School board incumbents face reelection

by Miriah Hamrick
Wednesday, April 16, 2014

Eight hopefuls have staked a claim on four open New Hanover County Board of Education spots.

All three incumbents seeking reelection have served on the board for at least 20 years. For some new names joining the race, offering a breath of fresh air motivated the decision to run.

“A good democracy, and a good board of any kind, is going to be invigorated with new ideas and perspectives. I thank people for their service but it’s time for some new energy,” said Democratic candidate Tom Gale during an April 14 phone interview.

Board member Ed Higgins said his experience is an asset.

“I am proud of what this board has done. We have raised the graduation rate to over 80 percent. When I first came on the board, it was in the high 60s,” Higgins said during an April 15 phone interview, adding that SAT and ACT scores are above the state average.

The November bond referendum currently being negotiated by the school board and the county commission was a top concern for contenders. 

The school board has established $280 million of need, currently under review by the county commission, to fund construction of a new elementary school in the Porters Neck area and improvements to Wrightsville Beach, John J. Blair and College Park Elementary schools plus others. 

All current board members pledged support for the bond. Board chairman Don Hayes said the board has been working on the bond for several years and he wants to see it to completion.

Republican candidate and former New Hanover County manager Bruce Shell said he supports the bond but thinks the public needs more information to make the decision.

“The real challenge is going to be communicating with the public how important it is. … If they understand, they’re more willing to pay for it,” Shell said during an April 10 phone interview.

Shell noted his experience working with 25 budgets as county manager uniquely qualifies him to understand financial needs of the school system.

Funding and budgeting was an important issue for Gale, especially the impact of continued budget cuts.

“It’s rotting our education system from inside out,” Gale said, suggesting more communication with county and state government to establish need and secure resources.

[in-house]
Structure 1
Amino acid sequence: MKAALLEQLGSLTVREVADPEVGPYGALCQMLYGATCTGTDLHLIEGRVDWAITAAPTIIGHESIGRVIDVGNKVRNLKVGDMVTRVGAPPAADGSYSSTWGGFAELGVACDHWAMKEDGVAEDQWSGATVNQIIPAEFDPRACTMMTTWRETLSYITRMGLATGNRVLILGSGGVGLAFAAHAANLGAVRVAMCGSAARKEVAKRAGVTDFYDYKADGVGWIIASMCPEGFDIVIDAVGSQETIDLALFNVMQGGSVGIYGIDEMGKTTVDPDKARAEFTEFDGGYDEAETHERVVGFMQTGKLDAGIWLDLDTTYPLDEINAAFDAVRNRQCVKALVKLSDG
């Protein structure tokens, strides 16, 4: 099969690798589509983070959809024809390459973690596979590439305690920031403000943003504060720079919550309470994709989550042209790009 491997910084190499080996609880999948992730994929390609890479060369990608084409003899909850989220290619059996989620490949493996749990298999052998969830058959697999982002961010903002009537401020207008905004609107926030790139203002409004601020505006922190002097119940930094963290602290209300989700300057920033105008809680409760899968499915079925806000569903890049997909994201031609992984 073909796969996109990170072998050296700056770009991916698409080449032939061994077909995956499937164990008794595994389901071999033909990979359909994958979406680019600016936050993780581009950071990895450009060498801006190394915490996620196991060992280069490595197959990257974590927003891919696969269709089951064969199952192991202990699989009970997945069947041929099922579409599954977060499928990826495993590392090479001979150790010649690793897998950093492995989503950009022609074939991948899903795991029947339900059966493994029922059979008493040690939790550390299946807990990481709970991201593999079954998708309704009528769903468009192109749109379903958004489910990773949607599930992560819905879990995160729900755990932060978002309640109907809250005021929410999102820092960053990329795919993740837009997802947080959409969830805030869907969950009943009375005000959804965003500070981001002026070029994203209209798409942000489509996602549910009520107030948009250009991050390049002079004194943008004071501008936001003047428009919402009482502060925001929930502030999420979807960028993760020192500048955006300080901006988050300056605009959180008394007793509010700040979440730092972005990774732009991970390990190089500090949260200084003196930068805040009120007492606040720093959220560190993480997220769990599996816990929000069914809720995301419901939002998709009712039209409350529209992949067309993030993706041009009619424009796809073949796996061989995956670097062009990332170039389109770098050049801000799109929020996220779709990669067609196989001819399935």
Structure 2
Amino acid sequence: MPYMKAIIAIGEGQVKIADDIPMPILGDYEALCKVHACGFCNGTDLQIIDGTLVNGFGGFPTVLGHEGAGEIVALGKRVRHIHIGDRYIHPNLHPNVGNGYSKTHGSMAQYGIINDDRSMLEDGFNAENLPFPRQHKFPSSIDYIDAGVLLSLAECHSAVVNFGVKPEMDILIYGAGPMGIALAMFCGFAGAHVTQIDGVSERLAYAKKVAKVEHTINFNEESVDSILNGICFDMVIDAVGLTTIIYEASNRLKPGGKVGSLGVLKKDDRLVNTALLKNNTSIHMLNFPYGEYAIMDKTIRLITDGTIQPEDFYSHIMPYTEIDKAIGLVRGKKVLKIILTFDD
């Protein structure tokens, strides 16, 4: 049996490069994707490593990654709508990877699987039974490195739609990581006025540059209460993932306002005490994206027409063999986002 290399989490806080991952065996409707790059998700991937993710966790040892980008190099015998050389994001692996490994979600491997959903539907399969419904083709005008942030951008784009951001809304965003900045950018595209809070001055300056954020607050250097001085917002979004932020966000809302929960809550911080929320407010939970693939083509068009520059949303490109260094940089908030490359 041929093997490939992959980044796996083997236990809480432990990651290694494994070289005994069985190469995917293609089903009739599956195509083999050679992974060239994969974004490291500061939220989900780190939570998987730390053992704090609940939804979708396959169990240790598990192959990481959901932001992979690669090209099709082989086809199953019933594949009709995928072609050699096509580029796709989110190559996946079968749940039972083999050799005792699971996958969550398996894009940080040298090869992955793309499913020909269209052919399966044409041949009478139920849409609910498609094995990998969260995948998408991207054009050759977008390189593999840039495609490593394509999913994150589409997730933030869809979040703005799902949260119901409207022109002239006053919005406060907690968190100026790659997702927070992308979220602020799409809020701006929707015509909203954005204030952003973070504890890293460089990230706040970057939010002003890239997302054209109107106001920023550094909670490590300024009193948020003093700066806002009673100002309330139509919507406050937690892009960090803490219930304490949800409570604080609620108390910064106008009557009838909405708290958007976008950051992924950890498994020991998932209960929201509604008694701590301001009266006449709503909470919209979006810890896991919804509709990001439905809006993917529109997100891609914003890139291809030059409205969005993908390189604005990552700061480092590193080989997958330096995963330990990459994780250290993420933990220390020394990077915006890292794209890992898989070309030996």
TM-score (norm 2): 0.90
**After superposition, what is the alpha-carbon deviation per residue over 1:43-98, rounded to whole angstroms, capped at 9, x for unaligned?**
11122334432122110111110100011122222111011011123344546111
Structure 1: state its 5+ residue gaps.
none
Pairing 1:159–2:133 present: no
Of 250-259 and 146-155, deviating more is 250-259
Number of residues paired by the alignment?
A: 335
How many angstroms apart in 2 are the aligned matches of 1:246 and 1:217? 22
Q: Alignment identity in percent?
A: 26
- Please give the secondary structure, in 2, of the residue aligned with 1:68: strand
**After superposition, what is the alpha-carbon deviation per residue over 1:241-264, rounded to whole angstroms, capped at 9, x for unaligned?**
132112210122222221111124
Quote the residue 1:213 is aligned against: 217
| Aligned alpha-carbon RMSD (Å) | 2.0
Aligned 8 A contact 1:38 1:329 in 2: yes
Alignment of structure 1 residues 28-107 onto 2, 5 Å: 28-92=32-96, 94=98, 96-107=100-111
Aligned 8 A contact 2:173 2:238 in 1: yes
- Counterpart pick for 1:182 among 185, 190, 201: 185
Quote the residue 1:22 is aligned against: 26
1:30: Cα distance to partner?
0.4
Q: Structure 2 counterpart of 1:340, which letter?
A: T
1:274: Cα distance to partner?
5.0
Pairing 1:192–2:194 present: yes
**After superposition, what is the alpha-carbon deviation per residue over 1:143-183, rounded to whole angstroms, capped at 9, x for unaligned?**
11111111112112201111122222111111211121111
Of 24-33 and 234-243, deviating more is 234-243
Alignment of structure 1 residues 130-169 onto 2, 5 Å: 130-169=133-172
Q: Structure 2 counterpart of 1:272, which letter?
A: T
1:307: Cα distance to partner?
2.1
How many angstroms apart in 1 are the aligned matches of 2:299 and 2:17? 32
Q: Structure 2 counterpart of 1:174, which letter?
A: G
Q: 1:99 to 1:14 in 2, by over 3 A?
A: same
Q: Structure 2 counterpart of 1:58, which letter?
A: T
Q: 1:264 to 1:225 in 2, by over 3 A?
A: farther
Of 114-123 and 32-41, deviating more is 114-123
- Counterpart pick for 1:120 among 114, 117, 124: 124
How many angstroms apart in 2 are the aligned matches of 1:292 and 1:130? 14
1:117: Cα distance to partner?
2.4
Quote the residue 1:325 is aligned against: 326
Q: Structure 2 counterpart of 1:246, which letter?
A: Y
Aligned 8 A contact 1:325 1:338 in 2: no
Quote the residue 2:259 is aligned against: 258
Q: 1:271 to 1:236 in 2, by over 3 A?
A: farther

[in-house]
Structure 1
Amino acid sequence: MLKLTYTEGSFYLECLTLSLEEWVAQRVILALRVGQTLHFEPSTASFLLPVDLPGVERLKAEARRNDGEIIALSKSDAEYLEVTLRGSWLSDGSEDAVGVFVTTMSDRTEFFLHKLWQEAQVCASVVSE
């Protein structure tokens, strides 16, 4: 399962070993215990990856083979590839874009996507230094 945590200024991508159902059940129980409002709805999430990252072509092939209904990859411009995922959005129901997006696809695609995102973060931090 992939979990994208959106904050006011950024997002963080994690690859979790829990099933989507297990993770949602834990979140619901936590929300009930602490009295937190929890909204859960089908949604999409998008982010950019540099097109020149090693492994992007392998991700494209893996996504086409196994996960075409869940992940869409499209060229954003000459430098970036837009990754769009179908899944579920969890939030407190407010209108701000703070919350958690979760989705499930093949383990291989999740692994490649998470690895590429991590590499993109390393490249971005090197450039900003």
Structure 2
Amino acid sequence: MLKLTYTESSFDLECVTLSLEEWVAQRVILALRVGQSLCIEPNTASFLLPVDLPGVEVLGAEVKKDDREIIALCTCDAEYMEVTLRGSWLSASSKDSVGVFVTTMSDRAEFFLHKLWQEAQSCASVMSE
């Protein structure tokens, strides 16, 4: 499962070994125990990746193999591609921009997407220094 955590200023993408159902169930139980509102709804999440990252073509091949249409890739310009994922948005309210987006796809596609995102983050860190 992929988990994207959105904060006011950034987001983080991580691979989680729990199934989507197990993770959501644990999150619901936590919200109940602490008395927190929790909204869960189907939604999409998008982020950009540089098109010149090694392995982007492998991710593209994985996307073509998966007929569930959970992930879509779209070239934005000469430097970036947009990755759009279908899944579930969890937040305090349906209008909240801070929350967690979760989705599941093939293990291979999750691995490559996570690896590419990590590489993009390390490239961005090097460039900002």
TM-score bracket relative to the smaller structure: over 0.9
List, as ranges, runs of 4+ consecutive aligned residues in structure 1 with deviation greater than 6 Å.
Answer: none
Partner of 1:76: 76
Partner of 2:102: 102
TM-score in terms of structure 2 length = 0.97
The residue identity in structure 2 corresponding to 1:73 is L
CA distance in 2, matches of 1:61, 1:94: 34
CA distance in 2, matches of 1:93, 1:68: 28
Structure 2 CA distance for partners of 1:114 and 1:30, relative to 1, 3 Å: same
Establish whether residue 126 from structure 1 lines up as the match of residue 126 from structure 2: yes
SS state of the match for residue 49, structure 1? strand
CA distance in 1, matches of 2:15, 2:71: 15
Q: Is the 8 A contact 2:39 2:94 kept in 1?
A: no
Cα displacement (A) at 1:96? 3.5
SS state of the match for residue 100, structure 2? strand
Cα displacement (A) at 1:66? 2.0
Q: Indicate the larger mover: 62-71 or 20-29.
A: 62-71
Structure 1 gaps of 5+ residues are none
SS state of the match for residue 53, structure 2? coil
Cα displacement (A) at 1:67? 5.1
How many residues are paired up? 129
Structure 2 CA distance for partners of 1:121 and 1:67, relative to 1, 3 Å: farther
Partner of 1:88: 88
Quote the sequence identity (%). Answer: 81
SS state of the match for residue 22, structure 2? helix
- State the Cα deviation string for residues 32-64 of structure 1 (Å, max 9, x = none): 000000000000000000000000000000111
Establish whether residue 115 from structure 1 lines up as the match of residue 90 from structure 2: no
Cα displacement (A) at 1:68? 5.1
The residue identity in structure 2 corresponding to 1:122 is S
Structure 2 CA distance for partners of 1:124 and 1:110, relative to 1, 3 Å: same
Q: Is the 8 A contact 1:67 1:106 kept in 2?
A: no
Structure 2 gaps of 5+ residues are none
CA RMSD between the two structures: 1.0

Emma Saunders, a fellow Democratic candidate, also called for more cooperation with state and county government.

“I would love to see the board collaborate with the county commissioners and at the state level … to support teachers to be the best they can be for the children,” Saunders said during an April 15 phone interview.

Support for teachers was a need echoed by other candidates, including Democratic candidate and current social studies teacher Chris Meek.

“We have legislators who are not teachers, who have not served in our school system, creating policy that directly affects our system,” Meek said during an April 10 phone interview.

Higgins said he has spent time talking to teachers to determine how classrooms are impacted by recent legislation. One of Higgins’ top priorities is securing a raise for teachers.

“We need someone to stand up for teachers. They’ve got one small pay raise since 2008,” Higgins said during an April 15 phone interview.

Hayes said the school board has actively supported teachers, while at the same time trying to understand the legislature’s motivation.

“You get into the legislative end as far as salaries and tenure. … I do talk to the legislature. I’ve had part-time jobs as a teacher. I understand what they’re going through,” Hayes said during an April 11 phone interview.

Janice Cavenaugh, board member since 1987, said keeping teachers happy is always important, as is boosting student achievement. 

“The most important issue that we always have is student achievement. Our test scores have been going up year to year,” Cavenaugh said during an April 10 phone interview.

Republican candidate Jim Brumit said a strong record of student achievement will attract new industry to the community.

“One of the things businesses look at when they want to relocate is the school system. It’s very important we look ahead and get the very best school system money can provide,” Brumit said during an April 11 phone interview.

Saunders, Meek and Gale will automatically proceed to the general election, where they will compete against the top three Republican candidates from the primary.

email miriah@luminanews.com


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